Bugs that resulted in lost or stuck funds have been moved to here.
On 2016-11-24, a consensus bug occurred due to two implementations having different behavior in the case of state reverts. 3. The specification was amended to clarify that empty account deletions are reverted when the state is reverted… Details: Geth was failing to revert empty account deletions when the transaction causing the deletions of empty accounts ended with an an out-of-gas exception. An additional issue was found in Parity, where the Parity client incorrectly failed to revert empty account deletions in a more limited set of contexts involving out-of-gas calls to precompiled contracts; the new Geth behavior matches Parity’s, and empty accounts will cease to be a source of concern in general in about one week once the state clearing process finishes. The source is here.
Abstract: We present eclipse attacks on Ethereum nodes that exploit the peer-to-peer network used for neighbor discovery. Our attacks can be launched using only two hosts, each with a single IP address. Our eclipse attacker monopolizes all of the victim’s incoming and outgoing connections, thus isolating the victim from the rest of its peers in the network. The attacker can then filter the victim’s view of the blockchain, or co-opt the victim’s computing power as part of more sophisticated attacks. We argue that these eclipse-attack vulnerabilities result from Ethereum’s adoption of the Kademlia peer-to-peer protocol, and present countermeasures that both harden the network against eclipse attacks and cause it to behave differently from the traditional Kademlia protocol. Several of our countermeasures have been incorporated in the Ethereum geth 1.8 client released on February 14, 2018.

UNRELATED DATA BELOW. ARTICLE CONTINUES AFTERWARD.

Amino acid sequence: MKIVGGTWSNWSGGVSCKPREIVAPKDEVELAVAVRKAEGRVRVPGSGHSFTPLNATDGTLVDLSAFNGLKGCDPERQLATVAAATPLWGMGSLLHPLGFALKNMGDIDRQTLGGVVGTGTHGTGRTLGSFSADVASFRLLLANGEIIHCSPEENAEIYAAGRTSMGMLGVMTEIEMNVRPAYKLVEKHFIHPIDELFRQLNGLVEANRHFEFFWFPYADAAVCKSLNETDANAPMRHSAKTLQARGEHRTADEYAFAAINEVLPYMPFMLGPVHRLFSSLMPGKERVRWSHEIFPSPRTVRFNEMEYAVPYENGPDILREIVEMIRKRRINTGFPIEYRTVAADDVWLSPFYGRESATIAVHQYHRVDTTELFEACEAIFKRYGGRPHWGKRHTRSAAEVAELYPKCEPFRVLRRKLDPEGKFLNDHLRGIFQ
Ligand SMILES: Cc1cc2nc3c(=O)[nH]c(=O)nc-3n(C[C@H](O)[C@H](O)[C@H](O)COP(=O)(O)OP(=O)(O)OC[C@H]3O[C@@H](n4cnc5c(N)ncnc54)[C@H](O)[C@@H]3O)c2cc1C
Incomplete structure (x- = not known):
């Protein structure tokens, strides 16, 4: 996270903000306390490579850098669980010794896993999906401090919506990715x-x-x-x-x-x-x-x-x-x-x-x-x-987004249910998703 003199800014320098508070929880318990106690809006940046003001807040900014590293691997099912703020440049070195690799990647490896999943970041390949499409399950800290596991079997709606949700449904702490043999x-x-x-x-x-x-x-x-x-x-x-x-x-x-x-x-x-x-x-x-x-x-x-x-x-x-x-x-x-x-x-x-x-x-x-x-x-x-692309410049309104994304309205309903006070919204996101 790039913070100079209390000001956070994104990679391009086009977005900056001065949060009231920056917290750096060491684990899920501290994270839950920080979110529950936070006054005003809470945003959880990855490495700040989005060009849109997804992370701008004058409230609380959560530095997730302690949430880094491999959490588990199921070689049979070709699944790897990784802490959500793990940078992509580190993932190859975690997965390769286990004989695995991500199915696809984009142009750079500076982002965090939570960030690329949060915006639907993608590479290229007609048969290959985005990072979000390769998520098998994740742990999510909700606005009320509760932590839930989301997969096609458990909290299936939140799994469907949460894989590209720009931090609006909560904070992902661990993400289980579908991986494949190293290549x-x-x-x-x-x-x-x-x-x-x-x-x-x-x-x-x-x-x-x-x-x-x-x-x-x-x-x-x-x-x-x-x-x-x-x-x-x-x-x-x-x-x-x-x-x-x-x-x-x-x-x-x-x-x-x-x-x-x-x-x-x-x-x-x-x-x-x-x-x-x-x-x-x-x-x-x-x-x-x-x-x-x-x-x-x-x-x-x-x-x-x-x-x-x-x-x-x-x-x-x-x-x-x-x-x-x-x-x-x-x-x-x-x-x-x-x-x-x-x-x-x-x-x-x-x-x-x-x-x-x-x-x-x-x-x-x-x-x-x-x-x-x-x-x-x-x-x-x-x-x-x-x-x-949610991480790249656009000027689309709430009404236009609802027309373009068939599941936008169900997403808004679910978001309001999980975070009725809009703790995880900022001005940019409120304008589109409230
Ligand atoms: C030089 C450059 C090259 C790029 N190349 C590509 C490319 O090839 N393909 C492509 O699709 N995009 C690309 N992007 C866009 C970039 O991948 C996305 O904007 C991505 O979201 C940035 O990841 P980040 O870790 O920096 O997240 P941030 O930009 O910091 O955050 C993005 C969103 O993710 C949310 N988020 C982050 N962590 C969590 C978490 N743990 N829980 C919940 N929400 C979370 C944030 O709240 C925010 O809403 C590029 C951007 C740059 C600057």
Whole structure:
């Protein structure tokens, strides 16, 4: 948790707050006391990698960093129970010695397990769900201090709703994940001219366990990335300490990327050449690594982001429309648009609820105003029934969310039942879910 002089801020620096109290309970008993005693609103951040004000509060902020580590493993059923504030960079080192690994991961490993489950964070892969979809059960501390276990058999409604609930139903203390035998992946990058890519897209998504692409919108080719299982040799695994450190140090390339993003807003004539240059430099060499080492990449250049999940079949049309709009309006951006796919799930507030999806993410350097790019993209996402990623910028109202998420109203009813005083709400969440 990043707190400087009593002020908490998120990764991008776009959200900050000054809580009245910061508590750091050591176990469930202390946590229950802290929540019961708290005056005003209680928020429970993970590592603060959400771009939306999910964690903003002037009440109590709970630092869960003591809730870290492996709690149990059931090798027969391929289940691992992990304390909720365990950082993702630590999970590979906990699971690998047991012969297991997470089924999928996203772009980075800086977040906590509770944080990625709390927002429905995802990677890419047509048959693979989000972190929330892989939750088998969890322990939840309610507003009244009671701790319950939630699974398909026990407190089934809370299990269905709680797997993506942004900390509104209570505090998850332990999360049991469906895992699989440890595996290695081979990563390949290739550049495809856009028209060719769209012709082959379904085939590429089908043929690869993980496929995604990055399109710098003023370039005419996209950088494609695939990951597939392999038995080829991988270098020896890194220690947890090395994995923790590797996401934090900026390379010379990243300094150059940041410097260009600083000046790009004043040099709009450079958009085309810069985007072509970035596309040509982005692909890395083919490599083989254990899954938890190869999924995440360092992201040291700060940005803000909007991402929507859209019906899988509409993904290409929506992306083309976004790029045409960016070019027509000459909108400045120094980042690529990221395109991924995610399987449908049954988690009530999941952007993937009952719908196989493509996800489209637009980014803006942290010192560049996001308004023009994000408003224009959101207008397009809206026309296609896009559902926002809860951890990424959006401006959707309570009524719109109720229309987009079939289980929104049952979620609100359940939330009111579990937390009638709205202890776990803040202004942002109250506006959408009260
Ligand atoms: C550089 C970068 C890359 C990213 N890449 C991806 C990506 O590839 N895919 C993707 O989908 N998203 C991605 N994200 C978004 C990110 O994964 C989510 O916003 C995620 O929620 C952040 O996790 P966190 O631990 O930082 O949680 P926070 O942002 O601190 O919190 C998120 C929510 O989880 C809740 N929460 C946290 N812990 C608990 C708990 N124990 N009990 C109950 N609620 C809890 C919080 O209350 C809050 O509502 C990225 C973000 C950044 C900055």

What Ethereum Users Should do: Upgrade to geth 1.8.1 . Geth versions prior to 1.8 are vulnerable.
FMI see https://eprint.iacr.org/2018/236.pdf.